The Evil of the Private Sector According to ‘Granma’

As of May 2019, 605,908 self-employed people were working Cuba in the 128 authorized activities. (Alfonso B.)

14ymedio bigger14ymedio, Yoani Sanchez, Havana, 9 August 2019 — More than 20 years ago, when I was studying Philology at the University of Havana, a colleague did a study on the headlines of the official press. The young woman compared the verbs that headlined the national news with those used for international issues. The result was that most Cuban events carried positive terms, in the style of “developing,” “building,” “expanding,” or “growing,” while articles about other countries were often titled with words such as “kill,” “destroy” and “repress.”

Over the years, little has changed in this editorial line which has fueled the popular belief that “for the newspaper Granma, inside the Island everything is good and everything outside, bad.” But such contrasts are expressed not only based on where the news is generated, but also when addressing the state sector as opposed to the private sector. While public companies enjoy a good part of the triumphalist phrases, self-employed people are often the targets of criticism, stereotypes and accusations.

Separated by a few days, we have before our eyes two excellent examples of this difference in treatment. The first of them was the publication, on August 5, of a text by Oni Acosta under the title Music and nightlife: vampires on the prowl? The author complained about the musical choices of a private Havana bar whose name he never mentioned, preferring to define it as “you-know-who’s place,” and accused it of having a “mediocre” repertoire and “puro reparterismo” in the song lyrics.

In addition to failing to note that much of the same music is played from the speakers of State-owned bars and recreational centers, public areas in hotels and even school parties, Acosta (or his editor) chose to title the text with two pejorative words: “nocturnality,” which is mainly used to refer to the aggravating circumstance of a crime perpetrated at night; and “vampires,” which suggests bloodsuckers or people who take advantage of the customer to suck their money to the beat of reggaeton.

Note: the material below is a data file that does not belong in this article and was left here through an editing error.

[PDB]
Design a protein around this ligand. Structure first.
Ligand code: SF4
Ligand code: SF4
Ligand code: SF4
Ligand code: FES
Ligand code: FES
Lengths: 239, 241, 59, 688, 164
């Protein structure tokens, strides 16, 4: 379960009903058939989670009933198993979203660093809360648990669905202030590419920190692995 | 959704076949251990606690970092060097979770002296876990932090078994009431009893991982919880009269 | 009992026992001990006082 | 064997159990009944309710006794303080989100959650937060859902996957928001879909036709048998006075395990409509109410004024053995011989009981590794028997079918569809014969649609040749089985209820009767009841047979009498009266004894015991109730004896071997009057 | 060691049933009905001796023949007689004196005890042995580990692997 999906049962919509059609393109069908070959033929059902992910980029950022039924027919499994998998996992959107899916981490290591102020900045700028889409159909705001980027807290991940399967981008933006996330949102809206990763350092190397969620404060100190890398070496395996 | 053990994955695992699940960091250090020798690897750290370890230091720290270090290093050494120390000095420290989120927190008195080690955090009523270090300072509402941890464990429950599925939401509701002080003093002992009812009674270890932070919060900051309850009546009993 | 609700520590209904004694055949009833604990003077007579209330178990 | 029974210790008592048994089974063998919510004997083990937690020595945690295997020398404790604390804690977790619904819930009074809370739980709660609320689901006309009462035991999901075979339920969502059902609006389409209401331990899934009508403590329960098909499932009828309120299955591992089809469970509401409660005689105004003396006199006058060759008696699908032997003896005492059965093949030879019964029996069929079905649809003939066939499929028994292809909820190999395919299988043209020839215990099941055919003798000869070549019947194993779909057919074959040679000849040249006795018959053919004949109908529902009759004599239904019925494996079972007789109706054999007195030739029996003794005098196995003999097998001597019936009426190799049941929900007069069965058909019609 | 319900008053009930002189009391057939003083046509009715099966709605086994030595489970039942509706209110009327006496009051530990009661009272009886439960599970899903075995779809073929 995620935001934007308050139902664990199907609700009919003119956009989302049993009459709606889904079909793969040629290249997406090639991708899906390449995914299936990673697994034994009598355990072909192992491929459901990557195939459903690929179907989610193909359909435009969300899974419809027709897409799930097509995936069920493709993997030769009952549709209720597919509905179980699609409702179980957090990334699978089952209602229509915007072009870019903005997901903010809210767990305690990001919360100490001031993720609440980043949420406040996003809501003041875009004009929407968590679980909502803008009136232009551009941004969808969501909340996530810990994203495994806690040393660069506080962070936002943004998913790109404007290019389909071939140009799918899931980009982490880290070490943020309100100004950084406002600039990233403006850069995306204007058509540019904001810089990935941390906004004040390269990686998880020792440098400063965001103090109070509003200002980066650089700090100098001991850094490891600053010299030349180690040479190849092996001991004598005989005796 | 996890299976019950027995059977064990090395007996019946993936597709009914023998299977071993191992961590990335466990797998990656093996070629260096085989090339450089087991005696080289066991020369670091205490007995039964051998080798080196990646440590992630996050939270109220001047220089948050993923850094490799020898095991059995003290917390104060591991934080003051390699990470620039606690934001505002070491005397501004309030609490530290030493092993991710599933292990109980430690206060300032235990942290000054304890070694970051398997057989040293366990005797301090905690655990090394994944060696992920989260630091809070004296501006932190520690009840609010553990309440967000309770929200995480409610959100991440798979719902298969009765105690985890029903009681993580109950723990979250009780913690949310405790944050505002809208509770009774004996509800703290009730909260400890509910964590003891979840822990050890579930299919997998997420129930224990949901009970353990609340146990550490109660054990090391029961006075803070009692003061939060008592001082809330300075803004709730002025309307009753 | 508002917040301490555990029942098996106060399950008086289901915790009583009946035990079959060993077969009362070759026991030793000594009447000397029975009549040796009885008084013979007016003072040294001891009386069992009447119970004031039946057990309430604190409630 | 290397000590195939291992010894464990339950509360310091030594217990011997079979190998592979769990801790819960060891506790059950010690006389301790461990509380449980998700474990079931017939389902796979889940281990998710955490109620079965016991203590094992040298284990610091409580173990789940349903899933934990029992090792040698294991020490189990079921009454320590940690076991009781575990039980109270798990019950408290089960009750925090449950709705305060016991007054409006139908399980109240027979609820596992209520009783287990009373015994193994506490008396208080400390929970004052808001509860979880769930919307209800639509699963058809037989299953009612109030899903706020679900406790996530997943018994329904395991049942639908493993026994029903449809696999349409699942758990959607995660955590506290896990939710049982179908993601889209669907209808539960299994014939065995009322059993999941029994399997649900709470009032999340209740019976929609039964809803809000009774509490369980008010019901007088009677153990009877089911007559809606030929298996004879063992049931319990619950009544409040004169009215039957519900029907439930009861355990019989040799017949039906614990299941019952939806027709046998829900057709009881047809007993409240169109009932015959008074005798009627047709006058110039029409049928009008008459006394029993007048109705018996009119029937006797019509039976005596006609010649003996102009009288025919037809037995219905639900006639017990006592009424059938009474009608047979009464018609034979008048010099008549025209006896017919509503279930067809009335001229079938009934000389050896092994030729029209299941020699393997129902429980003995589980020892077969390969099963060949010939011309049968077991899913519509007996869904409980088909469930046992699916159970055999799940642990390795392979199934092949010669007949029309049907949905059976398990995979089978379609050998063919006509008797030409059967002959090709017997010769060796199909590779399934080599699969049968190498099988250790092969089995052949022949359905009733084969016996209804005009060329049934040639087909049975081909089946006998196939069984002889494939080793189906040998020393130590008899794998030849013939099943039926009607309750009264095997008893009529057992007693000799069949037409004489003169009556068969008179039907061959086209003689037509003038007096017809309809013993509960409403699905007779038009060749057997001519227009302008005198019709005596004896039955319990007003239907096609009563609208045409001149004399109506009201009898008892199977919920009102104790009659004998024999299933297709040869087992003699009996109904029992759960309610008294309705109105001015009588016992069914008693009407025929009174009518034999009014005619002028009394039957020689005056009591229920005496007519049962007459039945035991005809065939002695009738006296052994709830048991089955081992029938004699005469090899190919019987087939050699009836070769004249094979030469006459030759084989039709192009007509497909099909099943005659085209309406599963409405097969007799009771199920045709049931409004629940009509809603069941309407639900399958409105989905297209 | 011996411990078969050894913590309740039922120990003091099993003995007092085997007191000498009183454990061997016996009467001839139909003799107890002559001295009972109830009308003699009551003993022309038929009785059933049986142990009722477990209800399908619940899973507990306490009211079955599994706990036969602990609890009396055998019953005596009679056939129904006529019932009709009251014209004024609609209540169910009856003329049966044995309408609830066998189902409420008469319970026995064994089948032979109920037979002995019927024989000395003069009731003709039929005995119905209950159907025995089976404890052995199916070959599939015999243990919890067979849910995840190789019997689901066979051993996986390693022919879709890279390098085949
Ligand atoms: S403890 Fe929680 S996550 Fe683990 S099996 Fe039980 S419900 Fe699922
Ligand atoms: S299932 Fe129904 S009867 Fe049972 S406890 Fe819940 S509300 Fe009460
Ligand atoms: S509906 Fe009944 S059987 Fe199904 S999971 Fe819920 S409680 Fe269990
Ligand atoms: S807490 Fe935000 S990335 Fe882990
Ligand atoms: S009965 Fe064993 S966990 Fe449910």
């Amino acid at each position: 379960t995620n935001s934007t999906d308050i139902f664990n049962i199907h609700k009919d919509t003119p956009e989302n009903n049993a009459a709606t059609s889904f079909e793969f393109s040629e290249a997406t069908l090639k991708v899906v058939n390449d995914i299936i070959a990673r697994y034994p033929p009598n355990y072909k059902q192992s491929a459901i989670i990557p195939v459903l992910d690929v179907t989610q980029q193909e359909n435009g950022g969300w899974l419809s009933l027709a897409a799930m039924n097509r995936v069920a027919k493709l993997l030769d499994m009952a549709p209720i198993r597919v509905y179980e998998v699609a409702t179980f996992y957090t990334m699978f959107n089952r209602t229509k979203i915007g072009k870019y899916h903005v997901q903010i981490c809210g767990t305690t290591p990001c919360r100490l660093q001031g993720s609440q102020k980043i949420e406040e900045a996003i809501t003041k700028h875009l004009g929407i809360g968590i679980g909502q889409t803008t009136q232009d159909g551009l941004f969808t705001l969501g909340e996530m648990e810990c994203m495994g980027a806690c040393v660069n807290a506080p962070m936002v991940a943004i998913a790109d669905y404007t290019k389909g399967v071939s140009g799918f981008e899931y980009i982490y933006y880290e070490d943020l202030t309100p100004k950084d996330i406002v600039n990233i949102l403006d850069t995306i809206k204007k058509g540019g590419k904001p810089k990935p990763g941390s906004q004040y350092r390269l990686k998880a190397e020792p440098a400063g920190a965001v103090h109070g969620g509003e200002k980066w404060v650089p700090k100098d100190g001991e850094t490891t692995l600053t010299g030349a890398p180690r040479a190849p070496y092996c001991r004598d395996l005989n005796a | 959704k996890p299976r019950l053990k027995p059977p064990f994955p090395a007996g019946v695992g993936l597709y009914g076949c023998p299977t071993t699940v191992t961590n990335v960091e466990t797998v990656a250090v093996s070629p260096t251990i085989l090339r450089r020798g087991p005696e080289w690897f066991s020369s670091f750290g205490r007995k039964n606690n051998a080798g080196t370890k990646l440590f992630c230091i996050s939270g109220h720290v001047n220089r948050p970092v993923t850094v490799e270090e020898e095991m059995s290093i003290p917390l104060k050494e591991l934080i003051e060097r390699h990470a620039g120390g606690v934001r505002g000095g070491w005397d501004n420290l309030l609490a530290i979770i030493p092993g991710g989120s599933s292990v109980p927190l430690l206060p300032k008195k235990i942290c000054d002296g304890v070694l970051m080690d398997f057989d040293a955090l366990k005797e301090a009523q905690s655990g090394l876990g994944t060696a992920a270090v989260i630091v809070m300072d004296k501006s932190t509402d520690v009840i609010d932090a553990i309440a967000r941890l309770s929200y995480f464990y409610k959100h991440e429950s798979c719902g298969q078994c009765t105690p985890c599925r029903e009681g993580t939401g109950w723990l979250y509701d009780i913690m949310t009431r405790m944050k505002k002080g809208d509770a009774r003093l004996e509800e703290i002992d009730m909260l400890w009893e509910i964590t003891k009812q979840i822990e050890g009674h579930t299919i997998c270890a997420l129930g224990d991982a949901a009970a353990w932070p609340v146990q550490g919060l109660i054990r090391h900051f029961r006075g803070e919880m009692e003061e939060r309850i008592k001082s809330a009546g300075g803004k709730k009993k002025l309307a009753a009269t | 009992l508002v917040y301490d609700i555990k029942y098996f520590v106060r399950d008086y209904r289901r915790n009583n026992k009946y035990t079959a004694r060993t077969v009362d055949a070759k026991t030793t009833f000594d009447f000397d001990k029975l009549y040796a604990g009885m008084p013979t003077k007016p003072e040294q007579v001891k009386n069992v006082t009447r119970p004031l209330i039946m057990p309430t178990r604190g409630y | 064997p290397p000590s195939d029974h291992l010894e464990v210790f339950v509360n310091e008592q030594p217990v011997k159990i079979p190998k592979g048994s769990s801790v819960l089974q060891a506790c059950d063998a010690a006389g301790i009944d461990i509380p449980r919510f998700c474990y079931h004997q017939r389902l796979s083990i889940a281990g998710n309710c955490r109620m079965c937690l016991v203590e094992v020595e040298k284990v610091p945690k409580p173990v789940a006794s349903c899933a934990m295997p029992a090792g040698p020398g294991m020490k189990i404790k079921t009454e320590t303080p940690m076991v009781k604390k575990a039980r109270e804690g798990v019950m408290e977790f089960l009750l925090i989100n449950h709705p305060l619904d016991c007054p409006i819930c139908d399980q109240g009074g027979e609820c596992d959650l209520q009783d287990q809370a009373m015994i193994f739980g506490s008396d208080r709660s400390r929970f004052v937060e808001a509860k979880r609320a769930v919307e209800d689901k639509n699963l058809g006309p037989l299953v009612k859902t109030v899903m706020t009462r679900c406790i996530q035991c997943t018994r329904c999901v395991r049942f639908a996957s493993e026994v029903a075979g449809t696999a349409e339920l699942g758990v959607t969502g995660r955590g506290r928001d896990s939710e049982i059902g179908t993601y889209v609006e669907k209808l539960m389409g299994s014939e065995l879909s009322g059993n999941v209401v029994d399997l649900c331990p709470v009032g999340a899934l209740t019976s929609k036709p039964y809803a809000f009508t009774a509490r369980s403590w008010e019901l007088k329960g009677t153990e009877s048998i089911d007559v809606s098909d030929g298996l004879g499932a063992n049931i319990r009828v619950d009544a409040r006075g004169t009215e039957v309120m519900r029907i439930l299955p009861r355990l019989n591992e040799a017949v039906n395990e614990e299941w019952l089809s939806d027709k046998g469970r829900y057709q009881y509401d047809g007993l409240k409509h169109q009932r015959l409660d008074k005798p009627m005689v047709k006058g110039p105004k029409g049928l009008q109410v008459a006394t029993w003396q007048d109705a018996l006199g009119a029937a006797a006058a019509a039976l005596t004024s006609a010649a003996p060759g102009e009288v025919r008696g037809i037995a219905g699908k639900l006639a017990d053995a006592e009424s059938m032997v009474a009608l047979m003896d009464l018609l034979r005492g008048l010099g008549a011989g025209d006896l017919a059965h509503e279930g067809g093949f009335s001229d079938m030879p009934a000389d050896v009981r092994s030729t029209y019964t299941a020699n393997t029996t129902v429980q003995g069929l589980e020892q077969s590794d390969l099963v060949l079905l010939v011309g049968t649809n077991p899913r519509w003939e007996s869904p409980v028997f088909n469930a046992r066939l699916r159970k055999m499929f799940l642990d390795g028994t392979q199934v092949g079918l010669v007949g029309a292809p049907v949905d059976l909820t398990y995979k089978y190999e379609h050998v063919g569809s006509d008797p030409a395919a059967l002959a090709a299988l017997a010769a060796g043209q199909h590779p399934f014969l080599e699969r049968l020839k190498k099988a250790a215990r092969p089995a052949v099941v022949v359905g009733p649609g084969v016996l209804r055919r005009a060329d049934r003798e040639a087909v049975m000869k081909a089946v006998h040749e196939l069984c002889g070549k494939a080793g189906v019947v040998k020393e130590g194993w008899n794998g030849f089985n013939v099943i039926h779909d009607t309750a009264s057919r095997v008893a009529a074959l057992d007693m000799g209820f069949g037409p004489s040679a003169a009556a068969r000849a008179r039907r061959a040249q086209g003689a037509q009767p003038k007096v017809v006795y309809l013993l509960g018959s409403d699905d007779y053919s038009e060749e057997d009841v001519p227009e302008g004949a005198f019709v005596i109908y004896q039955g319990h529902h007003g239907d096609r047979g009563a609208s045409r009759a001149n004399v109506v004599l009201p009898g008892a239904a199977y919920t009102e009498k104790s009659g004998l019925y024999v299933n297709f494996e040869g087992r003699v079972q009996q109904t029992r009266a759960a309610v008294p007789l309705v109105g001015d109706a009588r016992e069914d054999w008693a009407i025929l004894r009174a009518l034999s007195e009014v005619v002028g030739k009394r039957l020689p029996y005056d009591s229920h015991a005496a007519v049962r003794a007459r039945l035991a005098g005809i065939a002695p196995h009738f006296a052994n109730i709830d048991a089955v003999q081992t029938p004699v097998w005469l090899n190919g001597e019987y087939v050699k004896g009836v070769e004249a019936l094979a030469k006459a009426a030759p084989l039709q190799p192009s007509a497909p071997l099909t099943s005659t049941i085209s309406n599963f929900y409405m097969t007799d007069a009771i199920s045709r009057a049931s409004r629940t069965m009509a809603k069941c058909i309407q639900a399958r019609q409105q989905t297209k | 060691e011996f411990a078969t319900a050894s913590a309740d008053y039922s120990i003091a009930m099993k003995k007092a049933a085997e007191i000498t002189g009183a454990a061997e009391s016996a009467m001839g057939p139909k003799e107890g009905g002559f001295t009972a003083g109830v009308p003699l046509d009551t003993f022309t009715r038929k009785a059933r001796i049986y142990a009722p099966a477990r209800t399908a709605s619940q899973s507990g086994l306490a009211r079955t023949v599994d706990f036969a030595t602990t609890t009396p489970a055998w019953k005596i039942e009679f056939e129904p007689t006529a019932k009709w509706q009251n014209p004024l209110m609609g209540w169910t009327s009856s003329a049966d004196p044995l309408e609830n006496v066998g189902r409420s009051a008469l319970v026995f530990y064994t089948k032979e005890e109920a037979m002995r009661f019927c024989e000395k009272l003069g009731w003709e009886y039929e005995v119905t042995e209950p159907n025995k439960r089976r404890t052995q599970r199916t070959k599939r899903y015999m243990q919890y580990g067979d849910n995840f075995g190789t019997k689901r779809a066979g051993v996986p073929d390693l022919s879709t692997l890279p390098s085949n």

Acosta’s criticism raised eyebrows precisely because he approached the phenomenon in a manner partial to and skewed towards officialdom, but also because it prolongs and feeds the prejudice against the self-employed/private sector as a promoter of bad taste while being more interested in collecting cash than in promoting good music. As an insatiable Dracula, the small Cuban business owner looks more like a greedy exploiter willing to do anything for money, than an essential pillar of the national economy, as inferred from the text.

Not even three days passed and the onslaught against individuals has risen. This Thursday, the official organ of the Communist Party published a long article signed by Luis Toledo Sande on the salary increase announced this June. As an illustration, a vignette shows two smiling state employees commenting on the benefits of the new salary with phrases that nobody anywhere, in their right mind, would say. An example: “…in parallel we will have to increase productivity, dedication to work…”

The official newspaper ‘Granma’ published a vignette that shows two smiling state employees commenting on the benefits of the new salary. Panel 1: I still can’t believe it, they raised my salary. / Panel 2: …in parallel we will have to increase productivity, dedication to work… / Panel 3: Only one thing is forbidden to rise. Prices! / Sign on stand: Price caps (Granma)

The two workers are painted in a bluish shade, dressed as officials, and walk together to a stall selling agricultural products with a sign reading “price caps.” Behind the counter, the merchant is drawn in a very different way. With greenish-yellow skin, the face of a criminal recently escaped from prison and attired in a way that tries to ridicule him and make him appear vulgar; in short, the self-employed person looks like the bad guy in the scene.

The text reinforces the attack, as it includes a tirade against economists and academics who have sounded an alert about the dangers of capping the prices of products and services. In response to them, although he mentions no names, the author warms that “it is not accidental that they try to sow doubts and uncertainties against the current increases,” and their advice not to try to regulate the market so drastically is only a “liberal confusion,” according to Sande.

The text leaves a bitter aftertaste because it gives the impression that everyone who is against the imposition of capped prices for private transport, drinks in private cafes and agricultural markets is, at least, an enemy of the homeland. This thesis, together with the Manichean cartoon vignette that heads the article, is a calculated and visceral attack on entrepreneurship.

“We are not going to go back or stop, nor allow stigmas and prejudices towards the non-state sector,” Raúl Castro said two years ago insisting on an idea he had already outlined previously. But it is not enough to say it from time to time to demonstrate a good attitude towards the private sector. The facts, the treatment that is given to the self-employed people in the press and even the way in which they are shown graphically reveal more than the slogans.

If we let ourselves be carried away by what the Cuban newspapers publish, it could be concluded that the government continues to look on private businesses with animosity. For the authorities, they are an evil, although a necessary evil.


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